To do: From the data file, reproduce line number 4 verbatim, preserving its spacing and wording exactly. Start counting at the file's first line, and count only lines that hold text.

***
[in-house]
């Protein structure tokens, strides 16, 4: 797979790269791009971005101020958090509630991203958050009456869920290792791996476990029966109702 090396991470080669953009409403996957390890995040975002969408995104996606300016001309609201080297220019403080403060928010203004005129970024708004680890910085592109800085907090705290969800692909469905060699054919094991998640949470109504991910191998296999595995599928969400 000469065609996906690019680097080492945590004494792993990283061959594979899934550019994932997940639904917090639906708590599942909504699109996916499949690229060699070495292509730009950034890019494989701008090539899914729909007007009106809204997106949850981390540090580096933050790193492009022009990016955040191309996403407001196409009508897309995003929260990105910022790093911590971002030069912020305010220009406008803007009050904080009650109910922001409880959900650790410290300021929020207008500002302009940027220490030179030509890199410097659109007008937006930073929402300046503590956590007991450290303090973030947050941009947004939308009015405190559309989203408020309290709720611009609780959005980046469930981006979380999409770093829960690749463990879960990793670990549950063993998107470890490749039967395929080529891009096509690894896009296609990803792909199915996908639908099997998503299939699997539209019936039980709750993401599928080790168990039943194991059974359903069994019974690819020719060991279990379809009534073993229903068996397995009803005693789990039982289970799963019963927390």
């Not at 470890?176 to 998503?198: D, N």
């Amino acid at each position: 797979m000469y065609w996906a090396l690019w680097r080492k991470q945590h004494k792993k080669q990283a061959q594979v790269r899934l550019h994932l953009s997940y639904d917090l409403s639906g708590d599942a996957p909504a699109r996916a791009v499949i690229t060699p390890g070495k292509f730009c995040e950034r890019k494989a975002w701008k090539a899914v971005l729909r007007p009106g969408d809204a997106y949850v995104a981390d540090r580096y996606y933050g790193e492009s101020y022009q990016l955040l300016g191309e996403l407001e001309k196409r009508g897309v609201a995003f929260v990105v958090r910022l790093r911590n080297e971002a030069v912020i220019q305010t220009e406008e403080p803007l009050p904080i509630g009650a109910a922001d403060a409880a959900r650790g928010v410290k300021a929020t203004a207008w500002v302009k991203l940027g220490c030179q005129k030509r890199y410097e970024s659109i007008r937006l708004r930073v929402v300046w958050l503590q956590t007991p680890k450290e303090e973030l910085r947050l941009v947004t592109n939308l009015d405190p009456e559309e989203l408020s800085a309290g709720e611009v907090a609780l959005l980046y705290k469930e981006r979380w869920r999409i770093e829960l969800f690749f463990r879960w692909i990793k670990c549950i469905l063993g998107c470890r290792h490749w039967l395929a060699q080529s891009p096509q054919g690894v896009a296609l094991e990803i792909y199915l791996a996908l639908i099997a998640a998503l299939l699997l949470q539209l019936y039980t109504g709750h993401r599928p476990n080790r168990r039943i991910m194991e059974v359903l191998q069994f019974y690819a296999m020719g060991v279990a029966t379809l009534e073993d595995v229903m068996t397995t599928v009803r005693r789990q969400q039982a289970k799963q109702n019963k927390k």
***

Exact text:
């Amino acid at each position: 797979m000469y065609w996906a090396l690019w680097r080492k991470q945590h004494k792993k080669q990283a061959q594979v790269r899934l550019h994932l953009s997940y639904d917090l409403s639906g708590d599942a996957p909504a699109r996916a791009v499949i690229t060699p390890g070495k292509f730009c995040e950034r890019k494989a975002w701008k090539a899914v971005l729909r007007p009106g969408d809204a997106y949850v995104a981390d540090r580096y996606y933050g790193e492009s101020y022009q990016l955040l300016g191309e996403l407001e001309k196409r009508g897309v609201a995003f929260v990105v958090r910022l790093r911590n080297e971002a030069v912020i220019q305010t220009e406008e403080p803007l009050p904080i509630g009650a109910a922001d403060a409880a959900r650790g928010v410290k300021a929020t203004a207008w500002v302009k991203l940027g220490c030179q005129k030509r890199y410097e970024s659109i007008r937006l708004r930073v929402v300046w958050l503590q956590t007991p680890k450290e303090e973030l910085r947050l941009v947004t592109n939308l009015d405190p009456e559309e989203l408020s800085a309290g709720e611009v907090a609780l959005l980046y705290k469930e981006r979380w869920r999409i770093e829960l969800f690749f463990r879960w692909i990793k670990c549950i469905l063993g998107c470890r290792h490749w039967l395929a060699q080529s891009p096509q054919g690894v896009a296609l094991e990803i792909y199915l791996a996908l639908i099997a998640a998503l299939l699997l949470q539209l019936y039980t109504g709750h993401r599928p476990n080790r168990r039943i991910m194991e059974v359903l191998q069994f019974y690819a296999m020719g060991v279990a029966t379809l009534e073993d595995v229903m068996t397995t599928v009803r005693r789990q969400q039982a289970k799963q109702n019963k927390k």